You’re just having another breakdown.

By, Shaydee A. Ault

Just Because (Poems about Anxiety)

Just because I have a smile on my face,
It doesn’t mean that I don’t cry when I’m alone.
Doesn’t mean I don’t have problems,
Doesn’t mean I’m not dying inside.
All it means is that I can look past the negative in my life.

Just because I laugh a lot,
It doesn’t mean I’m happy,
Doesn’t mean my life is perfect.
You don’t know me, you don’t know my story,
You don’t know what I’ve been through.

Just because I self-harm,
It doesn’t mean I’m suicidal,
Doesn’t mean I’m going to hack at my arm in the middle of class
Or attack you with a scalpel.
All it means is that the pain is getting too great.

Just because I have scars,
It doesn’t give you the right to judge me,
Ostracize me like some sort of alien,
When instead you should be my friend.
Those scars mean that I’m real.
Look past them and see the real me.

By, Melanie

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Poems about Anxiety

The Pit

I sit alone in the dark.

The sun is shining, birds chirping, children playing,

But all that surrounds me is darkness.

Every time someone says, “Cheer up,”

I sink deeper into my pit.

The hole my brain has dug for itself.

The serotonin that refuses to pass through my synapses.

This is depression,

The unspoken disease.

I sink deeper in my pit.

People tell you to “be happy,” “smile more,” “just get out of the house,” “you’re holding yourself back.”

I smile and say, “I’ll try. Thanks,” and give a little chuckle.

What an act!

I suffer alone.

I do not want their useless words.

They do not understand.

How could they?

I sink deeper in my pit.

My eyes close and I picture respite.

But in this dream, there are pills, ropes, knives, chemicals, and ledges.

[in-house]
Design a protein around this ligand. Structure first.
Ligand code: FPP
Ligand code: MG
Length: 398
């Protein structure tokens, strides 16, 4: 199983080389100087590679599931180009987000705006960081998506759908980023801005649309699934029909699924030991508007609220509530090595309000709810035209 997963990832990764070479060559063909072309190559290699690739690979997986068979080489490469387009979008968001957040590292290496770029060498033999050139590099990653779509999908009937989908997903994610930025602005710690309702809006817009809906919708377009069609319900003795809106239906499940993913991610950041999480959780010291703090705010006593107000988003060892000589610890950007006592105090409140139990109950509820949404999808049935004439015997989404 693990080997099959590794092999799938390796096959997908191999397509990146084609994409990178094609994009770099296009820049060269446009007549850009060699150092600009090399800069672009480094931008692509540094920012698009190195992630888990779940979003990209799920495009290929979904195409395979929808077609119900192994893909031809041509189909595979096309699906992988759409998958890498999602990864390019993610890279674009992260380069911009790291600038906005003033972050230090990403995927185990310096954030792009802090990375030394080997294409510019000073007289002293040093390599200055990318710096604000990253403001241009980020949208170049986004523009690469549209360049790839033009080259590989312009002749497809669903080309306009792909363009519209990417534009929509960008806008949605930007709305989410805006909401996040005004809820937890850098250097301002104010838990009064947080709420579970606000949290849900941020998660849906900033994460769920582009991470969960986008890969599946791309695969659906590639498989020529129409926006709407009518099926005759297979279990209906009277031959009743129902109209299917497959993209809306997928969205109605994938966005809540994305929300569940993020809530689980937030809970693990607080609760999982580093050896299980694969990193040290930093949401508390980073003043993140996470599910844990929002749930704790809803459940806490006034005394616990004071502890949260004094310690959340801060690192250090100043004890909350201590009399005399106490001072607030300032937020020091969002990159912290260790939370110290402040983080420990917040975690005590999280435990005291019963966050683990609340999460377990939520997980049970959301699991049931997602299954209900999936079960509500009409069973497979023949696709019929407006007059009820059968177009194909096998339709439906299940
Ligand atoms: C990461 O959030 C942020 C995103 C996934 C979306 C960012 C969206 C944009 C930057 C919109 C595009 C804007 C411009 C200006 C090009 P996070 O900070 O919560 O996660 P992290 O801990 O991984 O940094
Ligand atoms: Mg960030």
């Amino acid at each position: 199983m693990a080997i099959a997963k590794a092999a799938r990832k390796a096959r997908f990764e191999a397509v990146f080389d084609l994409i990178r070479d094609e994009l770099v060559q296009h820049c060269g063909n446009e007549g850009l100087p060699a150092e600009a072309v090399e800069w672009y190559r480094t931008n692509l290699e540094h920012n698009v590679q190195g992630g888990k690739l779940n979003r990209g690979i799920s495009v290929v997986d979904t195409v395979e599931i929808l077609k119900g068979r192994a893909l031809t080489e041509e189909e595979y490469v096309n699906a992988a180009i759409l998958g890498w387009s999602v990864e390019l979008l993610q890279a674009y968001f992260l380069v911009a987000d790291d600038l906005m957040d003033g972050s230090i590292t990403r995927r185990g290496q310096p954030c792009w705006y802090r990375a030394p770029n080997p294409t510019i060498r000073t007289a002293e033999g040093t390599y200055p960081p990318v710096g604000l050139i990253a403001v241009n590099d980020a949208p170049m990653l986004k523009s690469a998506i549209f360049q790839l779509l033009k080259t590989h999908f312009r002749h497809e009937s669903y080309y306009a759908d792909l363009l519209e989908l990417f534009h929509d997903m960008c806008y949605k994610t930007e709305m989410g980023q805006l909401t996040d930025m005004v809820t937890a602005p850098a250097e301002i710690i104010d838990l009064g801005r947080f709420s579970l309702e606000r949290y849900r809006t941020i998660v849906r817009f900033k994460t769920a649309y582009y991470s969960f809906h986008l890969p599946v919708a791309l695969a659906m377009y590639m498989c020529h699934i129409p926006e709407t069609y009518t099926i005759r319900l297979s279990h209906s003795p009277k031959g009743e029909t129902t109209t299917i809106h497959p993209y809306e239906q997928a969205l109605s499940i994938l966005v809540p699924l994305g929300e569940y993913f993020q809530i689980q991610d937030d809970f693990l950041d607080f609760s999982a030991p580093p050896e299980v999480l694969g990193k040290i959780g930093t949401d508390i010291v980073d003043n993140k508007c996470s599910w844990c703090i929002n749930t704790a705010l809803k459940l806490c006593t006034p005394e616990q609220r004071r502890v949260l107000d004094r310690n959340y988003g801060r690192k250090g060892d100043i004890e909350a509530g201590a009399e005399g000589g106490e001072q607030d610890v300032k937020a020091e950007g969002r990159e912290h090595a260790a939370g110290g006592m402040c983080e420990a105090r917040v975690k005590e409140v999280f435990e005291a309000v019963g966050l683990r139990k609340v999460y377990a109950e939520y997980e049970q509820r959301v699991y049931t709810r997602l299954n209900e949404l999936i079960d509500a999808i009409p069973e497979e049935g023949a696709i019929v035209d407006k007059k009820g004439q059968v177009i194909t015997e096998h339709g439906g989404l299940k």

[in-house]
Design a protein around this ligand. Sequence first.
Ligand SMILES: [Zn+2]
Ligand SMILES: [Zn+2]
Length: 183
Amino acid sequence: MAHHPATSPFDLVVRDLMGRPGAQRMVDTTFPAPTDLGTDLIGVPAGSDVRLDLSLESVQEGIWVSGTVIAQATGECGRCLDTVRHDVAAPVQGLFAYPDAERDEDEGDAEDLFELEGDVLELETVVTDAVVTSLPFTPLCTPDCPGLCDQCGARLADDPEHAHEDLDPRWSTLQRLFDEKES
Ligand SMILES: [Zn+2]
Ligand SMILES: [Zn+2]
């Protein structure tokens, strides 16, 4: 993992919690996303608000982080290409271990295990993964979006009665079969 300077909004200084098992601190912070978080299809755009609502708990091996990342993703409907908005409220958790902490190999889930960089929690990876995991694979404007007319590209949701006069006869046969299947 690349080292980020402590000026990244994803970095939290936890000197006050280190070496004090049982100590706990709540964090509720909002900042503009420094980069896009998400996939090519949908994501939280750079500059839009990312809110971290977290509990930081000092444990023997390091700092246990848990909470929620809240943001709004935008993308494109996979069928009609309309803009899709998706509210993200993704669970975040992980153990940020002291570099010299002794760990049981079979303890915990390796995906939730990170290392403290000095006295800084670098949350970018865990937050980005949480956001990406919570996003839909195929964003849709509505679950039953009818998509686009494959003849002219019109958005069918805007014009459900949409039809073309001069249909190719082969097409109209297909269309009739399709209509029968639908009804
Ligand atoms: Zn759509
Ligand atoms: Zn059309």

No, that won’t do.  But it sounds so nice.

I sink deeper into my pit.

The light is gone. I sleep all day.

The dream world is where I am happy.

Away from people.

Away from life.

I sink deeper into my pit.

Colors are nonexistent.

Black and white are my world–minus the white.

Snowballing through gritty streets,

Turning the pristine ball of hope into a filthy mound of broken dreams.

I sink deeper in my pit.

Depression stays by my side.

My only friend.

But this friend, well,

He is the one who talks behind your back.

The one who makes fun of you to get ahead.

This is the guy who pushes you to the ground and then laughs.

This is the one who you cling onto because you have no one else.

I sink deeper in my pit.

I finally muster up the courage.

I scream for help.

But by now, no one can hear me.

No one wants to hear me.

I have pushed them all away.

Why am I still here?

Because I don’t want to die.

But I do.

I am so confused.

Death greets me when I knock on his door.

I meant to play ding dong ditch.

But no, Death has seen me.

He says, “My turn,” and gives me a knife.

The knife is white like an angel.

So full of innocence.  Made for chopping carrots for a stew.

I am to taint this knife with my blood.

The blood of depression.

I sink deeper in my pit.

Death winks and says, “Let’s pick up the pace. I don’t have all day.”

I reply, “You’re right, neither do I.”

So I hand him the knife.

I say, “I’ll see you another day.”

I wonder why I turned down that sweet, sweet offer.

I see my mom. She is finally breathing.

No air had passed through her lungs while I was gone.

Someone cares.

I see a rope crawling down my pit.

I grab hold and shout, “I’m ready.”

I ascend the walls of my pit, slowly.

It takes years.

I meet therapists and friends who care.

I talk to my past and say, “Go away.”

I am still climbing.

This is a journey.

I get so tired, sometimes slipping back.

But I hold on tight.

I don’t let go.

I don’t give up.

By, Jacob Kahn

Poets are enquirers and searchers. They delve into the void and contribute to giving it form.

The poems below contain hard-won wisdom and insights, yet most of the time it is just the naming of the dread.

Daily Time Poems.